Daniel Klein writes:

"If you're a strict consequentialist, belief in the CWA is almost paralyzing. How are you supposed to maximize overall X if long-run, big picture predictions are so tenuous? How? How?! How?!?!?!"

First off, maybe you shouldn't suppose that philosophical action is a matter of maximizing. Maybe life presents you with options, you get a sense of which two seem most relevant, options 1 and 2, and then you ponder which of those better serves overall X. No maximization is involved in that procedure.

Gordon Tullock wrote a piece called "Thinking about Thought" that suggests that this is how we go about our philosophical life.

Hazel Meade writes:

How did WWI lead directly to N. Korea being a brutual communist dictatorship?
I'm not sure I see the connection.
I can see the connection between WWII and N. Korea, maybe, but WWI was pretty much a European thing. I don't think there is any inevitable causal connection between WWI and WWII, especially when it comes to East Asia either.
Communism was going to arrive in the East irregardless of what happened in Nazi Germany, the Japanese were likely to invade China, regardless of whether or not they had Nazi allies half a world away. I just don't see events in Asia and Europe from WWI through the Korean War as being tightly interrelated rather than loosely correlated.

Christopher Chang writes:

Indeed. And a supermajority of Americans want to beautify a bubble called the United States of America, while leaving other bubbles alone. (In a similar manner as other UK-derived nations of immigrants, such as Canada, Australia, and New Zealand.) The principled thing for an open borders zealot who doesn't like the kind of bubble Americans want to build is to move to a place, like Sweden, where the natives' views are far more compatible with theirs.

Anyone who really believed in the superiority of open borders would overwhelmingly prefer that path, which wins via peaceful competition, to the sort of thing which went on in the UK 10 years ago, or which is being attempted in the US now. In fact, they would take pains to distance themselves from any association with the latter. Caplan and many other open borders advocates are now sending an unmistakable signal that they do not believe open borders can win on its own merits, but that they consider government duplicity to be justified in imposing their inferior preferences on an unwilling populace.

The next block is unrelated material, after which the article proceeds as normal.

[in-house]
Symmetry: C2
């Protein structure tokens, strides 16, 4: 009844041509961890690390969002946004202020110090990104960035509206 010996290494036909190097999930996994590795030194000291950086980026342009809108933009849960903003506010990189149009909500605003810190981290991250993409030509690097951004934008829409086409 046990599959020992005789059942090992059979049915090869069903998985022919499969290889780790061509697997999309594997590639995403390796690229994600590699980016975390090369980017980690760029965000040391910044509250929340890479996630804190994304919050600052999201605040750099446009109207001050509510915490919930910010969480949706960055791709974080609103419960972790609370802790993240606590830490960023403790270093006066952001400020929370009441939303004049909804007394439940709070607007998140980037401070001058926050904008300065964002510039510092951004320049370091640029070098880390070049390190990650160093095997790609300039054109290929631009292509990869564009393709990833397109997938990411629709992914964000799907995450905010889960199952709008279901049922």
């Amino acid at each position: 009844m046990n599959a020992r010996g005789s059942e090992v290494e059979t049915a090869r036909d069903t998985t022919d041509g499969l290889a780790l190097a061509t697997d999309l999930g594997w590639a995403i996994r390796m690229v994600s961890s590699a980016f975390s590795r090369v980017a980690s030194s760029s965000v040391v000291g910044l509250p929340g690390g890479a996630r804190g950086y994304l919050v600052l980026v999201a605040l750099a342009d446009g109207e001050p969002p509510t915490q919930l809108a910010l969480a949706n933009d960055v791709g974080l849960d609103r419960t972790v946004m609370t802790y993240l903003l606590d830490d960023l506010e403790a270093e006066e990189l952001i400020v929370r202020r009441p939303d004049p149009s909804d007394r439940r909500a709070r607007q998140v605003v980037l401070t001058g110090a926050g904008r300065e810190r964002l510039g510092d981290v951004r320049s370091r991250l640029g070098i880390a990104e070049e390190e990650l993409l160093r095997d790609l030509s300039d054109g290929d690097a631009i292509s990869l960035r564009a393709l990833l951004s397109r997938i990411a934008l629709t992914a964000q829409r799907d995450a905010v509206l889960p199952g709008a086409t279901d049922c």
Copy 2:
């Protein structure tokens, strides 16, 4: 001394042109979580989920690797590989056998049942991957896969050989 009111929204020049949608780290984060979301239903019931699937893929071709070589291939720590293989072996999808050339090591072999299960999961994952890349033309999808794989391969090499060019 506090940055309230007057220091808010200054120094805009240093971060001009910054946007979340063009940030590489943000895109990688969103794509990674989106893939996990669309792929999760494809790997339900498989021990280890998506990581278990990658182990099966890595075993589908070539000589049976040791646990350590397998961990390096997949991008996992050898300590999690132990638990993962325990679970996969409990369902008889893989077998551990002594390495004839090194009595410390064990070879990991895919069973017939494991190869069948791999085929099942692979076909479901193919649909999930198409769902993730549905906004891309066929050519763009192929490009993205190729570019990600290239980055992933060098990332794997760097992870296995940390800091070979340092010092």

As the saying goes, you may not be interested in war, but war is interested in you. In order to spend 99% of your time peacefully in your bubble, it is necessary to act in self-defense 1% of the time from those who do not respect its boundaries and try to take what you have by force.

The good news is that violence is unlikely to be necessary. Democracy really only does one thing--counting up the "soldiers" on each side while skipping the actual destructive fighting--but it does that fairly well. The immigration-restriction side in the US knows they win in the end as long as they don't give up, and citizens in numerous Western countries have demonstrated the necessary perseverance. The UK is recovering from having its "nose [rubbed] in diversity" (though I find some of their attitudes, such as anti-Polish sentiment, quite strange); the US can too.

In the meantime, I advise other restrictionists to take pains to leave alone any open borders advocate who actually respects citizen consent. They are likely to have legitimately good ideas.

Miguel Madeira writes:

"I don't think there is any inevitable causal connection between WWI and WWII, especially when it comes to East Asia either.
Communism was going to arrive in the East"

Even without the defeat of the russian army and the bolshevik revolution?

Mark Bahner writes:
"Rent a Coup" was probably one of more tried ideas in 20th century (perhaps not in direct payments in cash, but in implicit payments "If government X is deposed, the new government will have our full support and aid")

Yes, this is a very different proposal. This is an open proposal to the lower ranks of the army (colonel and below) to depose an unelected dictator (e.g. Raoul Castro, Kim Jong-un) and set up a democracy.